SBD/1/Sports Media


          "In a case affecting what television programming
     Americans receive," the Supreme Court ruled yesterday that
     cable systems can be forced to carry local broadcast TV
     stations, according to Joan Biskupic in the WASHINGTON POST. 
     The decision upholds a federal law passed in '92 requiring
     cable TV operators to carry the signals of local commercial
     and public broadcast TV stations.  The law was intended to
     "protect free over-the-air television broadcasting and
     especially smaller broadcasters that feared cable systems
     would shut them out completely" (WASHINGTON POST, 4/1).  The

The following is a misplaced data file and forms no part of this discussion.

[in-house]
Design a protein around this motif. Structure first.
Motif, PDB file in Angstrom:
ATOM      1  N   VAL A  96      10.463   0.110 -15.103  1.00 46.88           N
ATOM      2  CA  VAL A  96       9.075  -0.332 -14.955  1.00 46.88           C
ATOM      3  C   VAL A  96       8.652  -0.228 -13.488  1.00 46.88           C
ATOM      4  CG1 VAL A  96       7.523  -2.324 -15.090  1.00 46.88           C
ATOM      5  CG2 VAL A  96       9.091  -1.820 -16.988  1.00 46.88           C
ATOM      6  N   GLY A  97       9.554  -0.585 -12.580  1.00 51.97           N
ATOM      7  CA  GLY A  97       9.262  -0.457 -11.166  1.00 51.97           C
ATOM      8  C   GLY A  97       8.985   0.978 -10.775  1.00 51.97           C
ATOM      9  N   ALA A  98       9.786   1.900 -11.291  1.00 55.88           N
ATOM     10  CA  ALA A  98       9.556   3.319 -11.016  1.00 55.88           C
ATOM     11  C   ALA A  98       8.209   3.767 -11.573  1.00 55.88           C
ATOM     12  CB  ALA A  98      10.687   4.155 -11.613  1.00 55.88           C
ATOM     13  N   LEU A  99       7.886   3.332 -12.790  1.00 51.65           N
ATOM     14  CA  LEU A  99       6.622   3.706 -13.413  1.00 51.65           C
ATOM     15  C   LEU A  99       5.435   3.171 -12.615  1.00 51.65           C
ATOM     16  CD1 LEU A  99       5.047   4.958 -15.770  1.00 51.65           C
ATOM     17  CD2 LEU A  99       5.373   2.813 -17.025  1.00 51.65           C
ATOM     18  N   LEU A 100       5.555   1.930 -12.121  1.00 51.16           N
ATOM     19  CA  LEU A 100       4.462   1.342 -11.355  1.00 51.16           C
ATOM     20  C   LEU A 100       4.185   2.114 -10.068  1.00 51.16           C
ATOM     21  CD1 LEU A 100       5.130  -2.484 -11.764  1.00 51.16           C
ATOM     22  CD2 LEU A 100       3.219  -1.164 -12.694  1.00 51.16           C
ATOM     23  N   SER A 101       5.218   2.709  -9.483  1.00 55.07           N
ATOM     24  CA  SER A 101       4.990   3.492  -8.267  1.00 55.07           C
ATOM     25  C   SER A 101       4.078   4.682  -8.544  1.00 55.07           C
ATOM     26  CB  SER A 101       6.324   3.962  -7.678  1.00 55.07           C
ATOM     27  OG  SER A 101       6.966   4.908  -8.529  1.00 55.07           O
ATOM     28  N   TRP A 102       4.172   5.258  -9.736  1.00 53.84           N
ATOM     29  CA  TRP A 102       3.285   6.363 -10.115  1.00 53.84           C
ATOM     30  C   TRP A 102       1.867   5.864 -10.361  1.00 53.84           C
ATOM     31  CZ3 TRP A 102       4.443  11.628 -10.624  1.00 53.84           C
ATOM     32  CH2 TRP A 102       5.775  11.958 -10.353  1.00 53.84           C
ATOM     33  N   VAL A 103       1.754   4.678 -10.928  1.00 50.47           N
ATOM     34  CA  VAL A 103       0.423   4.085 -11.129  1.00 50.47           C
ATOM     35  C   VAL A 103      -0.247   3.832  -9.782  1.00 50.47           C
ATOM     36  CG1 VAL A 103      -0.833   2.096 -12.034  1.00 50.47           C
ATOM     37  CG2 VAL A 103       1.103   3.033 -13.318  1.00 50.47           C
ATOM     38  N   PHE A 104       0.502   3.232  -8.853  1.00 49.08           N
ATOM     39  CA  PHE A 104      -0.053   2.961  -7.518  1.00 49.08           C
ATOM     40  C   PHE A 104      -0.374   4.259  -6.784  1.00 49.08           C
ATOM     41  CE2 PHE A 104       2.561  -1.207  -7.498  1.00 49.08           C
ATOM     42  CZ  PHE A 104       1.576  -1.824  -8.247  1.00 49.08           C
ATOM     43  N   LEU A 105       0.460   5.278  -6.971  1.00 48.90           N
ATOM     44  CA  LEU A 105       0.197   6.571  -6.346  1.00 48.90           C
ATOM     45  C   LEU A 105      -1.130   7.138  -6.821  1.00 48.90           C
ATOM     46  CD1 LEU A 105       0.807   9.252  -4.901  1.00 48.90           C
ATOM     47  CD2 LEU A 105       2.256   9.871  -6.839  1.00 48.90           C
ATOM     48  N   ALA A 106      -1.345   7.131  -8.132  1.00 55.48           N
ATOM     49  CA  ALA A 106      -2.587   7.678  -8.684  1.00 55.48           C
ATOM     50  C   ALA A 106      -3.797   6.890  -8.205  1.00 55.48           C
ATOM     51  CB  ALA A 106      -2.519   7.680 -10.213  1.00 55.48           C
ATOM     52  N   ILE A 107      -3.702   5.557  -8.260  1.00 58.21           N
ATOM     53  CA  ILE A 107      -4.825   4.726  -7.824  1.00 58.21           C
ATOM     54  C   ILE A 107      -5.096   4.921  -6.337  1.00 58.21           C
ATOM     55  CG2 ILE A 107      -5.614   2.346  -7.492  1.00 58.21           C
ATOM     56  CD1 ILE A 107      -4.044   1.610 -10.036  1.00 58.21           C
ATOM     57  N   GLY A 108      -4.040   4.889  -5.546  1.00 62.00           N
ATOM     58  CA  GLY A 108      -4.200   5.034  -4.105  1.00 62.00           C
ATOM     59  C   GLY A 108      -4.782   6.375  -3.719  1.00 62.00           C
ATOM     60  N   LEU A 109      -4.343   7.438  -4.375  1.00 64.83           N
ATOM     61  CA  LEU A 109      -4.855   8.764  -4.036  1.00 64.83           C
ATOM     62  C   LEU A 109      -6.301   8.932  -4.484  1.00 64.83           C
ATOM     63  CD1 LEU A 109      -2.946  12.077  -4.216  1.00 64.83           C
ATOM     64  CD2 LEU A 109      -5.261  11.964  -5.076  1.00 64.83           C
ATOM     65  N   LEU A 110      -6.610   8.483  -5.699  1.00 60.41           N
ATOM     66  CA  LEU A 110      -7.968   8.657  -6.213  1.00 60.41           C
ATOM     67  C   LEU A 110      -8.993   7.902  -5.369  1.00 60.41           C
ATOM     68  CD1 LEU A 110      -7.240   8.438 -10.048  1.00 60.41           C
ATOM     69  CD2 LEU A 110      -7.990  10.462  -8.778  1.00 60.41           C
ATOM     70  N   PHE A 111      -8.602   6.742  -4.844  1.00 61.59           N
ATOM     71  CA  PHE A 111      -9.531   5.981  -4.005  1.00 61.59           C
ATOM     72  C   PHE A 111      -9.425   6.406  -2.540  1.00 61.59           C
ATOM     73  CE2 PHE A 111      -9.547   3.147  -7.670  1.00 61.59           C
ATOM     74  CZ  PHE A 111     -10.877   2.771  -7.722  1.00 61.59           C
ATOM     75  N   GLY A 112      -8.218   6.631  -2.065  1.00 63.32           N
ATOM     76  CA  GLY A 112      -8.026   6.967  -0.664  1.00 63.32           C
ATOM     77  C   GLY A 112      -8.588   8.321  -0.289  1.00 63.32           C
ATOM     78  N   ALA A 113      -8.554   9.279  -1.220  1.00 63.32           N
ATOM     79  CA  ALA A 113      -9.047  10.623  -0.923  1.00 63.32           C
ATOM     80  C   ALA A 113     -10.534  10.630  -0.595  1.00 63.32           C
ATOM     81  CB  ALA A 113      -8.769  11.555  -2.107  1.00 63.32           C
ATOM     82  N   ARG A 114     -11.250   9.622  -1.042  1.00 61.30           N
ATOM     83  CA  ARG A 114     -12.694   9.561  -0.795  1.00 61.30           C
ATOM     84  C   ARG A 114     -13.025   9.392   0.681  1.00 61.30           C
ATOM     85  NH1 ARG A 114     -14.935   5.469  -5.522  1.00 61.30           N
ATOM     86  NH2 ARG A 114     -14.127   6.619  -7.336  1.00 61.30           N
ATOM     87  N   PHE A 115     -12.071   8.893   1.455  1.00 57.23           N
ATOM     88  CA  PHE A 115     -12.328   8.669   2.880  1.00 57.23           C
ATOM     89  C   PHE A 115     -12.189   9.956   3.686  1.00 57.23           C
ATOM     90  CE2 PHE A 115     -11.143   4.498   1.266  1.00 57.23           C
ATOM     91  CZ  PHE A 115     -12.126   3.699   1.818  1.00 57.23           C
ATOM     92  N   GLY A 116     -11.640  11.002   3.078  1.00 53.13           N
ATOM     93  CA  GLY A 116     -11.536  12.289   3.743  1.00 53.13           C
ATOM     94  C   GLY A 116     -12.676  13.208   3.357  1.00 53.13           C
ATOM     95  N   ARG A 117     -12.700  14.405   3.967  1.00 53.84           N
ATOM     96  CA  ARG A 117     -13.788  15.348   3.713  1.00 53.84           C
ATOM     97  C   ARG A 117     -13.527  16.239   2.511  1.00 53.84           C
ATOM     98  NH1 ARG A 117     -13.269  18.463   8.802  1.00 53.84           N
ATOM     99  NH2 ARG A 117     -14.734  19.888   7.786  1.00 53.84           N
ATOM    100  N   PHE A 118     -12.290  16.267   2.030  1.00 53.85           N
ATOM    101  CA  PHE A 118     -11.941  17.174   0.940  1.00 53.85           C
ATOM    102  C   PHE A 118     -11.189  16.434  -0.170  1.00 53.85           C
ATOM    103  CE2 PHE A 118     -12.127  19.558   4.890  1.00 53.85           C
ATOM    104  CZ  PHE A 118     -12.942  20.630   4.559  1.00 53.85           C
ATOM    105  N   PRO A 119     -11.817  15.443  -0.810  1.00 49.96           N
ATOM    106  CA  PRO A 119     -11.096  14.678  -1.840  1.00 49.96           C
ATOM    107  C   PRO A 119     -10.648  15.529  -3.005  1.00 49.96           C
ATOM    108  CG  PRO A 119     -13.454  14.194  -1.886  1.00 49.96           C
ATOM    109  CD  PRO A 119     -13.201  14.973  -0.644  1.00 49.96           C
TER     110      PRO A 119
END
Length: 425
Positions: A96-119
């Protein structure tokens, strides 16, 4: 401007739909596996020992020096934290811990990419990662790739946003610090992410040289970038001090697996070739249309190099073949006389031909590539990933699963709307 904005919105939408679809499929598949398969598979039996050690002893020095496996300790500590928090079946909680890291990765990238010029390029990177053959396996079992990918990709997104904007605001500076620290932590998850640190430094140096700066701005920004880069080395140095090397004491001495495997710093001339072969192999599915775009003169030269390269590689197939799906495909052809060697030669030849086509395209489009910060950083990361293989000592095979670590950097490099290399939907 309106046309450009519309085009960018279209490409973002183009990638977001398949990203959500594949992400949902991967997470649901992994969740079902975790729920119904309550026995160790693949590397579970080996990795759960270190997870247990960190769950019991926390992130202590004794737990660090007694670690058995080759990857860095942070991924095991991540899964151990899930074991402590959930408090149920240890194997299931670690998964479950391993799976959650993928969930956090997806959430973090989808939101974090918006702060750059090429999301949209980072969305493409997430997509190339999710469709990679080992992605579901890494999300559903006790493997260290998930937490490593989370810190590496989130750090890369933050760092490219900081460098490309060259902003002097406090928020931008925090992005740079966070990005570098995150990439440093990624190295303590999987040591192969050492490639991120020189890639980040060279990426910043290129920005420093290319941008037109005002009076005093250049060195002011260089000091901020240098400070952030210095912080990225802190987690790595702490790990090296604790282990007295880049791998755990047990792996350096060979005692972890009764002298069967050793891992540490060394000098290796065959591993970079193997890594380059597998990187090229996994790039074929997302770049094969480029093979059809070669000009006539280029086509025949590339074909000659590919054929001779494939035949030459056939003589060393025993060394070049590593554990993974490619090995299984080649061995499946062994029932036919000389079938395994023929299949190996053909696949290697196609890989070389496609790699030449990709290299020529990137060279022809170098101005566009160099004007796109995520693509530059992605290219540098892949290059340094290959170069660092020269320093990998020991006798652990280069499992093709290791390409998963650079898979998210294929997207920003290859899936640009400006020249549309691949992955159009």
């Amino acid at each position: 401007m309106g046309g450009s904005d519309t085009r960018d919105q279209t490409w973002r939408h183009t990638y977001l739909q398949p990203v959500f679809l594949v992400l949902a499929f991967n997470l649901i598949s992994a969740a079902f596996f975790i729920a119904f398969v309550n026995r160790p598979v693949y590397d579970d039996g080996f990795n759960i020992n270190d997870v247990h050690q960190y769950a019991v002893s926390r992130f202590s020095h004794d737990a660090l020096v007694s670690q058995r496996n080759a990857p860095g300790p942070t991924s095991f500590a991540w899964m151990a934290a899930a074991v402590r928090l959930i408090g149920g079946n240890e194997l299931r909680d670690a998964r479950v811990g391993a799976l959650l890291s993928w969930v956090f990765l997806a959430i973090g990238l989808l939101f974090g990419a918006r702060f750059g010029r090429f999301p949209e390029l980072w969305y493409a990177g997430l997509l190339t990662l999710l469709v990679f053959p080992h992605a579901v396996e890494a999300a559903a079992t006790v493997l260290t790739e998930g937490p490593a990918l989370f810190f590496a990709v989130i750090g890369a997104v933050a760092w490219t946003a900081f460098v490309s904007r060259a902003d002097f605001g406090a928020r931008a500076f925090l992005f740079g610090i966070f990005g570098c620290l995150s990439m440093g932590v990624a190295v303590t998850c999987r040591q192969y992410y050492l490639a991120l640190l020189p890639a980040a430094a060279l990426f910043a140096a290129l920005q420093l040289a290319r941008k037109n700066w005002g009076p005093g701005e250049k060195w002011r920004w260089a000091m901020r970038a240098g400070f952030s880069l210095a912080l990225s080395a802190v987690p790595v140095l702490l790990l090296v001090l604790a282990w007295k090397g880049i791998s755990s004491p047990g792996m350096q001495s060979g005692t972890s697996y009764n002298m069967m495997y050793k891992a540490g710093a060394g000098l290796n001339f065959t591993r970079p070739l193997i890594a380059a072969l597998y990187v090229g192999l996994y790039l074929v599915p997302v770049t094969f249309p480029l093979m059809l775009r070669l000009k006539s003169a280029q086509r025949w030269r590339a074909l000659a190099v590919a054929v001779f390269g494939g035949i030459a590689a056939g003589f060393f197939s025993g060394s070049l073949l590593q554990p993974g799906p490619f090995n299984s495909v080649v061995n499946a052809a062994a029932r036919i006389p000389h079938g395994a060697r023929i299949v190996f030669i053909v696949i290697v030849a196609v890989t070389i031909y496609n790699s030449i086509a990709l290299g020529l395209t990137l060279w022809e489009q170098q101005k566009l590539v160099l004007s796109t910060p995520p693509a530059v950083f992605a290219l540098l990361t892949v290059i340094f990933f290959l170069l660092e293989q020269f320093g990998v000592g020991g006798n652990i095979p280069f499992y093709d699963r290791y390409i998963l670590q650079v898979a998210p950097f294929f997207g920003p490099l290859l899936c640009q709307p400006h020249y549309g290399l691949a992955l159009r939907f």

decision rejected the cable industry's argument that the law
     was an "unconstitutional intrusion on cable operators'
     editorial autonomy, a form of Government-compelled speech
     that violates the First Amendment" (Linda Greenhouse, N.Y.
     TIMES, 4/1).  USA TODAY's David Lieberman notes the "biggest
     beneficiaries" are low-power and UHF stations --
     particularly those that feature foreign language, religious
     and home-shopping programming (USA TODAY, 4/1).  The N.Y.
     POST's Jon Elsen notes the ruling is "bad news for
     programmers trying to expand their cable audience, such as"
     The Golf Channel and CNN/SI (N.Y. POST, 4/1).   

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